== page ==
Heredity or Hereditary is the process of passing the traits and characteristics from parents to offsprings through genes. The offspring, get their features and characteristics that is genetic information from their mother and father. Heredity and genetics are the reason you look so much like your parents. Genetics is a branch of science that studies the DNA, genes, genetic variation, and heredity in living organisms. Let us learn all about it.
In the simplest of words, heredity refers to the passing of traits or characteristics through genes from one generation (parent) to the other generation (offspring). Heredity is very evidently seen in sexual reproduction. This is because, in this process, the variation of inherited characteristics is high.
The variation occurs due to some errors in DNA copying. Variation is important because it contributes to the evolution and forms the basis of heredity. Variation is caused due to gene mutations, the interaction of genes with the environment, and various combinations of genetic material. Remember that variation can occur through the asexual reproduction process too. But, these variations are not very noticeable.
Gregor Mendel- The Father of Genetics
Acquiring characteristics or traits from one generation to the other is nothing but inheritance. Here, both parents contribute equally to the inheritance of traits. Gregor Mendel, also known as the Father of Genetics, conducted immense research and studies on this inheritance of traits.
He researched on plant breeding and hybridization and conducted his experiments on pea plants to show the inheritance of traits in living organisms.
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He observed the pattern of inheritance from one generation to the other in these plants. And thus he came up with Mendel’s Laws of Inheritance, which can be summarized under the following headings:
- Law of Dominance
- Law of Segregation
- Principle of Independent Assortment
Know Some Terms
- Gene – It is the basic unit of inheritance. It consists of a sequence of DNA, which is the genetic material. Genes can mutate and can take two or more alternative forms.
- Alleles – The alternative forms of genes. They affect the same characteristics or traits in alternate forms. They are located on the same place of the chromosome.
- Chromosomes – These are thread-like structures made up of nucleic acids (DNA) and proteins. They are mostly found in the nucleus of the cells. They carry the hereditary or genetic information in the form of genes.
- Genotype – It is the complete heritable genetic identity of an organism. It is the set of alleles that are carried by the organism. It also includes non-expressed alleles.
- Phenotype – It is the description of the actual physical characteristics of an organism or the expressed form of the genotype.
- Dominant alleles – When an allele affects the phenotype of an organism, then it is a dominant allele. Capital letters represent dominant alleles. For example, “T” to express tallness.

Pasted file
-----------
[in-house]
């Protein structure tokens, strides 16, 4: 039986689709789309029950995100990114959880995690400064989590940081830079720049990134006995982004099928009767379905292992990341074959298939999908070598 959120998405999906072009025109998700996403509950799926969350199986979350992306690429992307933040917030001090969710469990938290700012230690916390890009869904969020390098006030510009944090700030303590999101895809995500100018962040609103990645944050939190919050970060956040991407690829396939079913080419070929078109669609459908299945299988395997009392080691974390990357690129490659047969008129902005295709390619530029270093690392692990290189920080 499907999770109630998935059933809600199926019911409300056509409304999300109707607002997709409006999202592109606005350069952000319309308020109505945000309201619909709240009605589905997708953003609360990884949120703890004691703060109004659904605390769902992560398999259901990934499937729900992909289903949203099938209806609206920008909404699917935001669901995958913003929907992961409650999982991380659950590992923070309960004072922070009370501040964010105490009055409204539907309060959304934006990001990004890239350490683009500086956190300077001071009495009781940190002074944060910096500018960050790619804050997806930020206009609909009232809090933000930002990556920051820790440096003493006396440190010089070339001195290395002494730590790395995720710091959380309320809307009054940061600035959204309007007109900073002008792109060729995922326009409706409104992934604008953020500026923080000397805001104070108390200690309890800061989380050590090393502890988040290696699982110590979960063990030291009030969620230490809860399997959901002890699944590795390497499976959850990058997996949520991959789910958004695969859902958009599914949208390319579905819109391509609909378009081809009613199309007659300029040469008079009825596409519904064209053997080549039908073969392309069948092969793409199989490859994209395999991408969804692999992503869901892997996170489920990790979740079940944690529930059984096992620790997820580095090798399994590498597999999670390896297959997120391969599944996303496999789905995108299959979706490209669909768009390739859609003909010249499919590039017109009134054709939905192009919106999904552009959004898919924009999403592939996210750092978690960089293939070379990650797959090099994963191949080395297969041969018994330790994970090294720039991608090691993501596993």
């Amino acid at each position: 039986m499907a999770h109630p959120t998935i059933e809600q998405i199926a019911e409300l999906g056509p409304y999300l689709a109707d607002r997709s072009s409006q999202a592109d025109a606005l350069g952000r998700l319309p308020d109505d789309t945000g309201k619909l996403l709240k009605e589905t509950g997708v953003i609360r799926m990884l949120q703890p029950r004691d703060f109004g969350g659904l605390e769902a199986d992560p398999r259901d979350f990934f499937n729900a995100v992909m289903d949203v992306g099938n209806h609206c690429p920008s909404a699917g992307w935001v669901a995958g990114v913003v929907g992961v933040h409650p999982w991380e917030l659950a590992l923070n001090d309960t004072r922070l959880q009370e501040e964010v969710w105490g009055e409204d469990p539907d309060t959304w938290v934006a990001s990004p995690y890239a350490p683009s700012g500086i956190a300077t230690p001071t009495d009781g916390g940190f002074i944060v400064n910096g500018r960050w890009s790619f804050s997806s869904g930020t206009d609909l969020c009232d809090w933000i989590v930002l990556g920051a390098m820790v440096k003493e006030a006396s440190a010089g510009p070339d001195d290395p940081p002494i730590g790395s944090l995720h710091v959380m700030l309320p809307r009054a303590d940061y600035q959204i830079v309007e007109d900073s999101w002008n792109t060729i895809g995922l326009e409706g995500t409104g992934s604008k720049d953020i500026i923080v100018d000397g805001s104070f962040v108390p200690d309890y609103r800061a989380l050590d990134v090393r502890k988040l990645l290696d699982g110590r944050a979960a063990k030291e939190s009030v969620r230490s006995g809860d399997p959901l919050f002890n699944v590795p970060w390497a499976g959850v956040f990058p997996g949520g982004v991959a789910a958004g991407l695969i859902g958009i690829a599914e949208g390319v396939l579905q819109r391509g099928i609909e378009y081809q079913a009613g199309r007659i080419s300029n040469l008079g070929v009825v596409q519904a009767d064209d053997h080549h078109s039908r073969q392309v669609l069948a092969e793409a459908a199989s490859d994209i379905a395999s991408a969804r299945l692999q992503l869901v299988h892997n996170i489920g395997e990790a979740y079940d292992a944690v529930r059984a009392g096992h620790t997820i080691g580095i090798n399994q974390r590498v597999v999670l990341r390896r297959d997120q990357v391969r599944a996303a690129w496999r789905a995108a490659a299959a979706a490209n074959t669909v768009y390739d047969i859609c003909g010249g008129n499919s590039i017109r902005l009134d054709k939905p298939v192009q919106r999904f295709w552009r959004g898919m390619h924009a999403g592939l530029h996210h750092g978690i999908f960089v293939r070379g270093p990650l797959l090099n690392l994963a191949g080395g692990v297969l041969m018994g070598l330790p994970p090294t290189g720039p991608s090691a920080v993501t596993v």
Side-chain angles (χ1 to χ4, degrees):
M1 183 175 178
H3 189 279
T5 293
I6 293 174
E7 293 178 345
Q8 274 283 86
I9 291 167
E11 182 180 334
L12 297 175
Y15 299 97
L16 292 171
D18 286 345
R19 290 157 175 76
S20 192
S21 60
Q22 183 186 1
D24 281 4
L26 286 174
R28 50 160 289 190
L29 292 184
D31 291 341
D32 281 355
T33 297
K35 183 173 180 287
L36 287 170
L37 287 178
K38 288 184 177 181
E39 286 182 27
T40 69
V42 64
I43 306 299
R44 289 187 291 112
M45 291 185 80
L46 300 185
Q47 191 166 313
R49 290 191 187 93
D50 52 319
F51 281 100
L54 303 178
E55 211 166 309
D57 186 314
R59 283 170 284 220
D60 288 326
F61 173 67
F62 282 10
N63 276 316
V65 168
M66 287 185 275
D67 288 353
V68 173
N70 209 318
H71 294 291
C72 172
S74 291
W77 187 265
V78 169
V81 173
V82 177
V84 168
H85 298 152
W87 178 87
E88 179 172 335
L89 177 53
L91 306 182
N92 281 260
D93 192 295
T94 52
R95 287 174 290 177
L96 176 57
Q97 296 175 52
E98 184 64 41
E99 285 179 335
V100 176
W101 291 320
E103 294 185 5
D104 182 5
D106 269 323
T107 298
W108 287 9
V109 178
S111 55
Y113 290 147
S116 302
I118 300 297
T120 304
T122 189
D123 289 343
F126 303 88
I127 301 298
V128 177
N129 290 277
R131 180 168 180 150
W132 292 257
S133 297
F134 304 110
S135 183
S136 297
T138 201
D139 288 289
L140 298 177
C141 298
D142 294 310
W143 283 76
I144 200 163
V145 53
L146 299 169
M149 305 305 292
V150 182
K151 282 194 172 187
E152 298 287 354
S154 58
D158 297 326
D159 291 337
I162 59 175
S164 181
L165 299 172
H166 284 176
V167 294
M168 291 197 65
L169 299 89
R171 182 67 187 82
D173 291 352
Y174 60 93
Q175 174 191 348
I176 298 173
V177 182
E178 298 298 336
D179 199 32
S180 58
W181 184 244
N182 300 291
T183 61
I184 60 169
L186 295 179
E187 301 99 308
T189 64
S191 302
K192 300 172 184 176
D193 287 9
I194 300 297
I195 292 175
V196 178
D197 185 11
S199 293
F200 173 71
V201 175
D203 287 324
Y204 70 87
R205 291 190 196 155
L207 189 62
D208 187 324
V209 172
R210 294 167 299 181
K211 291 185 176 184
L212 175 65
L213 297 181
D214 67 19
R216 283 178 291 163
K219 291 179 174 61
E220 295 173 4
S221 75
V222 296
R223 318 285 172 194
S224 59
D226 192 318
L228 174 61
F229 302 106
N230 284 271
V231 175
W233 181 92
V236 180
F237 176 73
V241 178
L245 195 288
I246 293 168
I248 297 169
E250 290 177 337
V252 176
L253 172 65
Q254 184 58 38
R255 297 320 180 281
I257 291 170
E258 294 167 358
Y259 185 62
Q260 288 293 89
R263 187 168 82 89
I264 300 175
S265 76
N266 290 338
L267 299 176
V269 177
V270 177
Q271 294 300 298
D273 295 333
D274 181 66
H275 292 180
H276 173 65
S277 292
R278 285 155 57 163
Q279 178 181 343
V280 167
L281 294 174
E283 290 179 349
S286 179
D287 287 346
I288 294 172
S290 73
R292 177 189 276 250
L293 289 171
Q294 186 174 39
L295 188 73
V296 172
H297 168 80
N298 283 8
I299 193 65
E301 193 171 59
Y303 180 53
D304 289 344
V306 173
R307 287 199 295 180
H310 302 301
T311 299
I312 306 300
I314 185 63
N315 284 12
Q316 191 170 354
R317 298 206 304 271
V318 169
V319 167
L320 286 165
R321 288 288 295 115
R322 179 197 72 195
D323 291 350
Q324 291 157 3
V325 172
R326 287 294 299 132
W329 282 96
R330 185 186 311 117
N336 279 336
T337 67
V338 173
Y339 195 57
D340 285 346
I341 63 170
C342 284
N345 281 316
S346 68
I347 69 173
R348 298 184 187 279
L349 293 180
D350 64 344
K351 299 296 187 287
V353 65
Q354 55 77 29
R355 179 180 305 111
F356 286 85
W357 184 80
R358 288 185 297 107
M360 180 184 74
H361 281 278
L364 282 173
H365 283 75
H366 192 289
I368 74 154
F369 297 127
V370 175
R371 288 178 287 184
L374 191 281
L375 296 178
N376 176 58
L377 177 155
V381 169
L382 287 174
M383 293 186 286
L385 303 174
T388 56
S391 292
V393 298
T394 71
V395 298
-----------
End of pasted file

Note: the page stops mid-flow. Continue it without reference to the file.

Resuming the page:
- Recessive alleles – An allele that affects the genotype in the absence of the dominant allele is called a recessive allele. Small letters represent recessive alleles. For example – “t” for tallness.
- Homozygous – Each organism has two alleles for every gene (Each chromosome has one each). In homozygous, both the alleles are same. For Example, “TT” is the homozygous expression for tallness trait.
- Heterozygous – If the two alleles are different from each other, then they are heterozygous in nature. For Example, “Tt” is the heterozygous expression for tallness trait.
It is the cross between two plants which have one pair of contrasting characters. For Example, a cross between a tall pea plant and a short (dwarf) plant. The following diagram explains this in detail.
Observations & Conclusion
- In the first generation (F1), the progeny were tall. There was no medium height plant.
- In the second generation (F2), 1/4th of the offspring were short and 3⁄4 were tall.
- The Phenotypic ratio in F2 – 3: 1 (3 tall: 1 short)
- The Genotypic ratio in F2 – 1: 2: 1 – (TT: Tt: tt)
- For a plant to be tall, a single copy of “T” is enough. But if a plant has to be short, both the copies should be “t”
- In Tt, ‘T’ is expressed and ‘t’ is suppressed. Hence, the characters ‘T’ is the dominant trait and ‘t’ is the recessive trait.
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It is the cross between two plants which have two pairs of contrasting characters. This takes into consideration alternative traits of two different characters. For example, a cross between one pea plant with round and green seeds and the other pea plant having wrinkled and yellow seeds. The following diagram explains the dihybrid cross in detail.
Observations & Conclusion
- The F1 generation contains 100% hybrid plants. Because, when RRyy crosses with rrYY, all offspring plants are Rr Yy with round and yellow seeds in the first generation. Therefore, the Round and Yellow seeds are the dominant characters.
- In F2, the phenotype ratio is 9:3:3:1 and the genotype ratio is a very complex one.
- This shows that the genes independently inherited.
Solved Questions For You
Q: Which Mendel’s experiments show that traits are inherited independently?
Ans: The Dihybrid cross experiment performed by Mendel performed with the pea plants. In a cross between two plants with two pairs of contrasting characters, the expression of traits occurs independently.